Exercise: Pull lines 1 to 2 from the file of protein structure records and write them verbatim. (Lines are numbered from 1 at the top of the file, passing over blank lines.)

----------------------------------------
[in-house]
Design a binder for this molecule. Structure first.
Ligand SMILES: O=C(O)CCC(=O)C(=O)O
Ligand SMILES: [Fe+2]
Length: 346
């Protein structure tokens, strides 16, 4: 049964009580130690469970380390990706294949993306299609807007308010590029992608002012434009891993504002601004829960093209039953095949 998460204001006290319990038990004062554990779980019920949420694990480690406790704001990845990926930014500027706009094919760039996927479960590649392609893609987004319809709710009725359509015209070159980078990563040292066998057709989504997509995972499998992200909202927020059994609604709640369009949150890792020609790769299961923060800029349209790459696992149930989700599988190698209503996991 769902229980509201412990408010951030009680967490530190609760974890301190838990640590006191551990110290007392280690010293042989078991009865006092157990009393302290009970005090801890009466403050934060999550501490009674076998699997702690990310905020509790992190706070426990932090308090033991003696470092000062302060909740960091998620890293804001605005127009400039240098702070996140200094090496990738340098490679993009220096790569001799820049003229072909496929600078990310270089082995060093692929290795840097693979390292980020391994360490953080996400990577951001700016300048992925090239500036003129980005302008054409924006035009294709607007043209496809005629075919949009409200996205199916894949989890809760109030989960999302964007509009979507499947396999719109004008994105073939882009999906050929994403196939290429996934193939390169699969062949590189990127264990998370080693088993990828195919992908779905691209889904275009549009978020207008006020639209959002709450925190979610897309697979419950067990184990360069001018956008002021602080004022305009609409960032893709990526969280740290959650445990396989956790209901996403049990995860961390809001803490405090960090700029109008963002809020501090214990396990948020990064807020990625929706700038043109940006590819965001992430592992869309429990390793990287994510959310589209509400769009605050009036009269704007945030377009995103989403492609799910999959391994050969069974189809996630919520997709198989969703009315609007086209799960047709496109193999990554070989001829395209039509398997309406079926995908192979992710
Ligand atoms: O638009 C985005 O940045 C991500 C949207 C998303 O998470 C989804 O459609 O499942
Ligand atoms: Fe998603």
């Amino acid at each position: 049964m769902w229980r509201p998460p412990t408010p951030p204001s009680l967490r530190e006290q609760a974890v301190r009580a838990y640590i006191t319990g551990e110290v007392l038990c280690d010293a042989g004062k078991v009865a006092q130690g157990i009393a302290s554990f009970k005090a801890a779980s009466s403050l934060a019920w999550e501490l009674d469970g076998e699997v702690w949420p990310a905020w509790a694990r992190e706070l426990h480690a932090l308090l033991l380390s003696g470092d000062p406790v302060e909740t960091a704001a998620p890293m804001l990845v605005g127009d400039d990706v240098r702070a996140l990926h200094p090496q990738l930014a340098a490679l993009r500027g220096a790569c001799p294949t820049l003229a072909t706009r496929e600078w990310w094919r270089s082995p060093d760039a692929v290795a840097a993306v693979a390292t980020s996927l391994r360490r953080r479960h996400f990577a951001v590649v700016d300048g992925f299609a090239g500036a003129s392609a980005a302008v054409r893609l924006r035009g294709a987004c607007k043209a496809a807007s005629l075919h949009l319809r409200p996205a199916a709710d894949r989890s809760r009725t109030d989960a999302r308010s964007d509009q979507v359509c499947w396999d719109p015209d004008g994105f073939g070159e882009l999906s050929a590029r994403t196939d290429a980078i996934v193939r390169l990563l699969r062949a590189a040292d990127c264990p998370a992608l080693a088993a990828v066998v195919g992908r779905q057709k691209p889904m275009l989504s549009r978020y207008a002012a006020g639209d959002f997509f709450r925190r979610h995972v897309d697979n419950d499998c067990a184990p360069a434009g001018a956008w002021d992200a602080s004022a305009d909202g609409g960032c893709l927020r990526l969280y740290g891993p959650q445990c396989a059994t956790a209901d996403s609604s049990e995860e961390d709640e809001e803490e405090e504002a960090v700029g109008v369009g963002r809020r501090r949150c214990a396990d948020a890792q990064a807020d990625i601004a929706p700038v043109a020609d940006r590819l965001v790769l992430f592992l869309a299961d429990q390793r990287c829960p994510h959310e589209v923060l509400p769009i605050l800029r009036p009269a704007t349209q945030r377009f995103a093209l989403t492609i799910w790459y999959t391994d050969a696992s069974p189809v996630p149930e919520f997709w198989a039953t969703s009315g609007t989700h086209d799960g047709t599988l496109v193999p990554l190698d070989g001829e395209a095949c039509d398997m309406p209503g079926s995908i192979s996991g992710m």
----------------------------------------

[in-house]
Design a binder for this molecule. Structure first.